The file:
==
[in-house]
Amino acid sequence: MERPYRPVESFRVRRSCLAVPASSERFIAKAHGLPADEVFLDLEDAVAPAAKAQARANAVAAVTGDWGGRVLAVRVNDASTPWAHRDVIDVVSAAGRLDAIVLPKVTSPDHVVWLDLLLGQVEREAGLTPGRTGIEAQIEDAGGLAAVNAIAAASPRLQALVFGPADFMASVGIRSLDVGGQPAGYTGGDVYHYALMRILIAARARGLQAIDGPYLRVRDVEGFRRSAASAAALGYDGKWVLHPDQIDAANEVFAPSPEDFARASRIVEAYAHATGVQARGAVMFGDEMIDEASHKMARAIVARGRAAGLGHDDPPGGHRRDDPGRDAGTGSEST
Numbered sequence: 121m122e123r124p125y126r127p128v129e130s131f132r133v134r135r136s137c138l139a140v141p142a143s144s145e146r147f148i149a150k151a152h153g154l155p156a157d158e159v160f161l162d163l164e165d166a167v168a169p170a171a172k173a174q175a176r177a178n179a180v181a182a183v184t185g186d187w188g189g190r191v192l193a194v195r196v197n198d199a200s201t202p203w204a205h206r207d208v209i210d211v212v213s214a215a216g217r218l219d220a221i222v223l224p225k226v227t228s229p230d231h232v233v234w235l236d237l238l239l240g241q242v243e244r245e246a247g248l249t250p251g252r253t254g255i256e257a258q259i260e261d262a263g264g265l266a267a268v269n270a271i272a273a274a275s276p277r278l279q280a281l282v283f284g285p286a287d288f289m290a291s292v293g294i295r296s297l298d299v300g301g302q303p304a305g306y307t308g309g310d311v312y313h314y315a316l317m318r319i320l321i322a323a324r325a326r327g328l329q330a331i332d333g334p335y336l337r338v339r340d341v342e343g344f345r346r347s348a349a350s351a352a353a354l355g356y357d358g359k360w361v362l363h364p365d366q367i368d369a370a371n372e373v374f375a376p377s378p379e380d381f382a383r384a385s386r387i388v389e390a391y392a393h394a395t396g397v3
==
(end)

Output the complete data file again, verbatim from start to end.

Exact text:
[in-house]
Amino acid sequence: MERPYRPVESFRVRRSCLAVPASSERFIAKAHGLPADEVFLDLEDAVAPAAKAQARANAVAAVTGDWGGRVLAVRVNDASTPWAHRDVIDVVSAAGRLDAIVLPKVTSPDHVVWLDLLLGQVEREAGLTPGRTGIEAQIEDAGGLAAVNAIAAASPRLQALVFGPADFMASVGIRSLDVGGQPAGYTGGDVYHYALMRILIAARARGLQAIDGPYLRVRDVEGFRRSAASAAALGYDGKWVLHPDQIDAANEVFAPSPEDFARASRIVEAYAHATGVQARGAVMFGDEMIDEASHKMARAIVARGRAAGLGHDDPPGGHRRDDPGRDAGTGSEST
Numbered sequence: 121m122e123r124p125y126r127p128v129e130s131f132r133v134r135r136s137c138l139a140v141p142a143s144s145e146r147f148i149a150k151a152h153g154l155p156a157d158e159v160f161l162d163l164e165d166a167v168a169p170a171a172k173a174q175a176r177a178n179a180v181a182a183v184t185g186d187w188g189g190r191v192l193a194v195r196v197n198d199a200s201t202p203w204a205h206r207d208v209i210d211v212v213s214a215a216g217r218l219d220a221i222v223l224p225k226v227t228s229p230d231h232v233v234w235l236d237l238l239l240g241q242v243e244r245e246a247g248l249t250p251g252r253t254g255i256e257a258q259i260e261d262a263g264g265l266a267a268v269n270a271i272a273a274a275s276p277r278l279q280a281l282v283f284g285p286a287d288f289m290a291s292v293g294i295r296s297l298d299v300g301g302q303p304a305g306y307t308g309g310d311v312y313h314y315a316l317m318r319i320l321i322a323a324r325a326r327g328l329q330a331i332d333g334p335y336l337r338v339r340d341v342e343g344f345r346r347s348a349a350s351a352a353a354l355g356y357d358g359k360w361v362l363h364p365d366q367i368d369a370a371n372e373v374f375a376p377s378p379e380d381f382a383r384a385s386r387i388v389e390a391y392a393h394a395t396g397v3